Google Fusion Table Maps And Javascript: The Power

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The challenge for displaying maps online is the how. How are we going to place a map online for viewers to interact with the data quickly, snapily, and do it at low cost. While boxed solutions exist such as Tableau and ESRI Arcserver both have their respective Pros and Cons.

Tableau: Tableau costs money, however it is a great piece of software to easily display spatial data from a database such as Access, Excel, or a .dbf. I have noticed that tableau maps are not as snappy as Google Fusion Maps. For example the ability to zoom in and click on a zip code within a state map is nowhere near as easy or natural as a Google Fusion table. So Tableau is preferable if you have the budget and don’t really need to zoom in or interact within the map itself.

ESRI Arc Server: Esri’s Arc Server has many strengths if you are already working in the Arc Map environment and have lots of .shp files in your library. One of the nice features is that you can easily set what the map should look like when you zoom in at different levels. This is possible with Google Fusion Tables/Maps however you need to know some Javascript for the functionality. The potential downside of Arc Server is that it also costs a bit of money and you will need to update your Arc Server occasionally which can be tedious if you have live maps already up on your site using older versions of Arc Server. Not to mention I have noticed Arc Server displayed maps don’t feel anywhere near as snappy or alive as Google Fusion Tables.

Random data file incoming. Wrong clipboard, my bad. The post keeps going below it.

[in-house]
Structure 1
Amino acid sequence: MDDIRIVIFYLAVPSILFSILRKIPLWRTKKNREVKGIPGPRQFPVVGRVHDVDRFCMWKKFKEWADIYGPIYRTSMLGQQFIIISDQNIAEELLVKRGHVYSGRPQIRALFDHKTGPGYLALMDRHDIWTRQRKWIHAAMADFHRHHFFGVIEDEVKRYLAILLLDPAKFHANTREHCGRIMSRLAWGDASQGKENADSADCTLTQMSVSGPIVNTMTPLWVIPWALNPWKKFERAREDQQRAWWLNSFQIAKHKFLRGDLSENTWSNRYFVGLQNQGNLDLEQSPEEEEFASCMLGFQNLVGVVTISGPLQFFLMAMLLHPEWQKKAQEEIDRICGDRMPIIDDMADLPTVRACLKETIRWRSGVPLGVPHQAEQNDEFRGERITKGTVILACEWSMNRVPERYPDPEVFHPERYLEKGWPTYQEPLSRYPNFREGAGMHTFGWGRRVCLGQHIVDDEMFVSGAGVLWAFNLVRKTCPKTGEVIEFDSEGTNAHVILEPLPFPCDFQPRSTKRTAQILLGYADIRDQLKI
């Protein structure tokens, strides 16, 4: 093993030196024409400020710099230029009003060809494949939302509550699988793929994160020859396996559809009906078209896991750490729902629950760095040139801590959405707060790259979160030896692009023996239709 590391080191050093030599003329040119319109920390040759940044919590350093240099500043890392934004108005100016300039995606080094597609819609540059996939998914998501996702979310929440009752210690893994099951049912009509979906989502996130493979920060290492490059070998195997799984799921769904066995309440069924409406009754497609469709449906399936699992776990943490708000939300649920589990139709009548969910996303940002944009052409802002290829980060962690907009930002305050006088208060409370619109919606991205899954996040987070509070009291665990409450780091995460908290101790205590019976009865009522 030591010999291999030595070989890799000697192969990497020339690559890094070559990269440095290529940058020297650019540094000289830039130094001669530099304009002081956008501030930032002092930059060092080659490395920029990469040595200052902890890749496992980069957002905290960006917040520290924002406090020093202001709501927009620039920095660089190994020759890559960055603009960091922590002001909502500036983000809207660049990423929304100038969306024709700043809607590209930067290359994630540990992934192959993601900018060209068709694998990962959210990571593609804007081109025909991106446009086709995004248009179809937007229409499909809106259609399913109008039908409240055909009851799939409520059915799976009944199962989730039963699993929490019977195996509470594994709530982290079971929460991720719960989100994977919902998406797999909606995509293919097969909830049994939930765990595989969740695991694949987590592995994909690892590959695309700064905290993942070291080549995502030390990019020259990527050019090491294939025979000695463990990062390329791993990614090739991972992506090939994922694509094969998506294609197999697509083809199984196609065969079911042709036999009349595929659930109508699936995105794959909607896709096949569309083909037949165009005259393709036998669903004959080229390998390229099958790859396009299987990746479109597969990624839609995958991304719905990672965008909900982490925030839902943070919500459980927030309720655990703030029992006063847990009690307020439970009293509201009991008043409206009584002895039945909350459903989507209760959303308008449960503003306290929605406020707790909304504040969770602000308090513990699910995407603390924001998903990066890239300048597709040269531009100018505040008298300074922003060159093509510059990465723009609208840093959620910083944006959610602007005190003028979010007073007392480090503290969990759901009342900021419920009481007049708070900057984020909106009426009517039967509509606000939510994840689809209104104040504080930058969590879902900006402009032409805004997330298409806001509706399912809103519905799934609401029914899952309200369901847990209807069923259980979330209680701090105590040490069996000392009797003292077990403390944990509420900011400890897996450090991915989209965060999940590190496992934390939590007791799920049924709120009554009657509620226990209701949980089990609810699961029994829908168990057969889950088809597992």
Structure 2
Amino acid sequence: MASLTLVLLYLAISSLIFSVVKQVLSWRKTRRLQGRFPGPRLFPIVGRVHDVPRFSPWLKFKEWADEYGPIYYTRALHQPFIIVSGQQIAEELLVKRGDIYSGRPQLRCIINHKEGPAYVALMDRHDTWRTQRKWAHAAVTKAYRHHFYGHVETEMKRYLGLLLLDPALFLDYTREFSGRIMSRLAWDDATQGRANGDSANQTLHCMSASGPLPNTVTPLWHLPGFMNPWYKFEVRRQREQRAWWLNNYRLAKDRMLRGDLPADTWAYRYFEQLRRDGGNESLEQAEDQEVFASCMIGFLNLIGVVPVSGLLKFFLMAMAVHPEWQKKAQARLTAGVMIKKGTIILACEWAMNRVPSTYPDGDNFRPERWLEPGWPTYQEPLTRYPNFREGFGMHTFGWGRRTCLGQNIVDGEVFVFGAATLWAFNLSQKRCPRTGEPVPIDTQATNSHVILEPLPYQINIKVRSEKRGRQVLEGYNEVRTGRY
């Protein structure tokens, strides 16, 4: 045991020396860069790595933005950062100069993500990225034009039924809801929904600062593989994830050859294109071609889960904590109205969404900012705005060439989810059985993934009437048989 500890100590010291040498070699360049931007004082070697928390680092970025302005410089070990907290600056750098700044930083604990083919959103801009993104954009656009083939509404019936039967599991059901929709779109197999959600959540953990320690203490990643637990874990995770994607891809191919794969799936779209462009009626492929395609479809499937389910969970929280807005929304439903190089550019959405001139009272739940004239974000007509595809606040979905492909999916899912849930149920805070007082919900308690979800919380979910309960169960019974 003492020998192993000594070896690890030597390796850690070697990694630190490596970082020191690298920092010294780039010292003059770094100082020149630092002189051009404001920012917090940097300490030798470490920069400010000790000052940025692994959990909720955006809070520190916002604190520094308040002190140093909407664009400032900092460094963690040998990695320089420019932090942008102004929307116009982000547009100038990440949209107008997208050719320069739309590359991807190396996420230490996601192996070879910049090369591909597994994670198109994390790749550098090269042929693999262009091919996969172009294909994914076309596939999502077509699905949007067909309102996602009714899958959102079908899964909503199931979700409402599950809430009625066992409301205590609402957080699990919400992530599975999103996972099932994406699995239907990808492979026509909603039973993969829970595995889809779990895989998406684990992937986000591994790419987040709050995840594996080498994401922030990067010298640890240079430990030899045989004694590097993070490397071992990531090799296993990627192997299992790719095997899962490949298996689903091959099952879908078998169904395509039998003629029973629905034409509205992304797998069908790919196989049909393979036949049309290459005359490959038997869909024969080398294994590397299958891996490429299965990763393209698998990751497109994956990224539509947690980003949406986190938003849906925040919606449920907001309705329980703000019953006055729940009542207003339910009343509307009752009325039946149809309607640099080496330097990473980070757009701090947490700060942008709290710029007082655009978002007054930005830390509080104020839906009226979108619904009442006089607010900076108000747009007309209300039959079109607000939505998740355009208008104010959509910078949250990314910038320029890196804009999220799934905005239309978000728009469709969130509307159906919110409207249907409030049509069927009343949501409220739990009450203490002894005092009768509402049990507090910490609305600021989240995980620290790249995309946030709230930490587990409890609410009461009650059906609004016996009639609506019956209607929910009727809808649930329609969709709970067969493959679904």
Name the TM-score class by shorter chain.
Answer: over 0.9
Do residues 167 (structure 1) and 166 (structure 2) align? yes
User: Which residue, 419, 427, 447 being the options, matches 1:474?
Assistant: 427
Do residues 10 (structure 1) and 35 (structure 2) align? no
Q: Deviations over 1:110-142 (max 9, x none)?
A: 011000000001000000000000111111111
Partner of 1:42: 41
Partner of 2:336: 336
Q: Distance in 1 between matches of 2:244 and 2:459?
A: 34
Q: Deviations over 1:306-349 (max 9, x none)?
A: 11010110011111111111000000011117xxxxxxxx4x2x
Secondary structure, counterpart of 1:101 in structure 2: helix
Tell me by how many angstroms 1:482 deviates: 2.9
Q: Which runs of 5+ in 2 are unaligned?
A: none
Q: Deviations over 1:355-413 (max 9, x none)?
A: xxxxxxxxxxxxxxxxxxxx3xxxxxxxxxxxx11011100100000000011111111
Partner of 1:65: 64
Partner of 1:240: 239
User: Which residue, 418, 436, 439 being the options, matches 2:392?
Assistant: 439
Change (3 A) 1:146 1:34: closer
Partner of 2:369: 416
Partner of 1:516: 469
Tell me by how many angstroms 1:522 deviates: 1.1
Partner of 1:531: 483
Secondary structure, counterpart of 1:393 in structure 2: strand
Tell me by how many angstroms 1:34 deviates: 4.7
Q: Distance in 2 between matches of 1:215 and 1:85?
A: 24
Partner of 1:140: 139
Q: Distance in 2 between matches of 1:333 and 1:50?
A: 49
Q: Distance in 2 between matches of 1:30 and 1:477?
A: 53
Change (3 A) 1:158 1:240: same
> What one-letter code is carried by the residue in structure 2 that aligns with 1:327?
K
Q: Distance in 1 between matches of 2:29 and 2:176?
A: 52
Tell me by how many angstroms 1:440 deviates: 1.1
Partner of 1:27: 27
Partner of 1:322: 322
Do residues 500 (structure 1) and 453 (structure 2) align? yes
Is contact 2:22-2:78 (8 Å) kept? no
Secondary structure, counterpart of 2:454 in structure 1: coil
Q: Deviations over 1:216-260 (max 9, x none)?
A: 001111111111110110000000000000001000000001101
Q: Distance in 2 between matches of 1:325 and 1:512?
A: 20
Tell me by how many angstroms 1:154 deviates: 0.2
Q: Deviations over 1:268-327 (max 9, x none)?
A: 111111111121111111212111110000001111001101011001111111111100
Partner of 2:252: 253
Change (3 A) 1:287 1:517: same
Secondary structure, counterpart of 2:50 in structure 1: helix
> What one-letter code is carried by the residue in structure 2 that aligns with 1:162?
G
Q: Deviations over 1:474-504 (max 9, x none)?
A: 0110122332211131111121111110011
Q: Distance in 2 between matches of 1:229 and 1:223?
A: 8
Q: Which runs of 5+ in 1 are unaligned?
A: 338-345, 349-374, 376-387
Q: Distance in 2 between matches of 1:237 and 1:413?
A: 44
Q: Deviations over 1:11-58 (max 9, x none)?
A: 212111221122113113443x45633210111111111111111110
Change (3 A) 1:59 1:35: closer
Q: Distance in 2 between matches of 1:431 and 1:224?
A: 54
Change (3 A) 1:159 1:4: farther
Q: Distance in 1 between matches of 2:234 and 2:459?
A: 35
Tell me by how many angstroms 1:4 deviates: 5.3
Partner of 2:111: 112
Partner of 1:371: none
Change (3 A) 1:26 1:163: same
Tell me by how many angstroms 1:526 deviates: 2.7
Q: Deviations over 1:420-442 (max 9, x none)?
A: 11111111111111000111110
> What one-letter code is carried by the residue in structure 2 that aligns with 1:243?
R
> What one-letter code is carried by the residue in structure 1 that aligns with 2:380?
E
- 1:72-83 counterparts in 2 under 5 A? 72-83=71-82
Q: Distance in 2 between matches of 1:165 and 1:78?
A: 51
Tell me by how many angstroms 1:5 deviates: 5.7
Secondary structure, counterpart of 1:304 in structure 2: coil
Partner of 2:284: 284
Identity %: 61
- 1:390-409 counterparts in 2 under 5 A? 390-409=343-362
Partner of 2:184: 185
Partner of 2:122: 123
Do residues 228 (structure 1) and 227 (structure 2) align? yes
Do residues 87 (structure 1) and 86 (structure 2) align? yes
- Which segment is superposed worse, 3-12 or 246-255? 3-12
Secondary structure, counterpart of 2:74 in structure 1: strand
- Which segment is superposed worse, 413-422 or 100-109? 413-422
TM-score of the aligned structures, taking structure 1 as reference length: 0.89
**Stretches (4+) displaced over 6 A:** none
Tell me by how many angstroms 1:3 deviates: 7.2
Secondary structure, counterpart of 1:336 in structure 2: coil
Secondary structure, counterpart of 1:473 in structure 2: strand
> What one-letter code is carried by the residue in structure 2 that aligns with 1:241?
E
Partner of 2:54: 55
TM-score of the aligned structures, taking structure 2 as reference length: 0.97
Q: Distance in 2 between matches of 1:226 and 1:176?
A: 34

Google Fusion Tables: The benefits of Fusion Tables is that it is a free service provided by Google. You don’t need to pay to use/display maps on your website. This makes it a key candidate for Non-Profits, Academia, Hobbyists alike. It is incredibly snappy. When you zoom in on a map you are running on top of google maps so everything feels native and looks natural. The real challenge with fusion tables, if you want to go beyond displaying a simple map, is learning some javascript. If you simply want to display a map where a user can click on a polygon and see a pop-up with information then you don’t need to learn Javascript, you can simply do one Google Fusion Tables tutorial and start working. If you want to build a more interactive map with a timeline bar where you can scroll from 1990 to Present or change the polygons from zipcodes to counties then you will need to learn some javascript and html5. I prefer the the Google Fusion Table approach because the map products look incredibly professional and interactive and the learning curve is an obstacle that is worth overcoming in this case.

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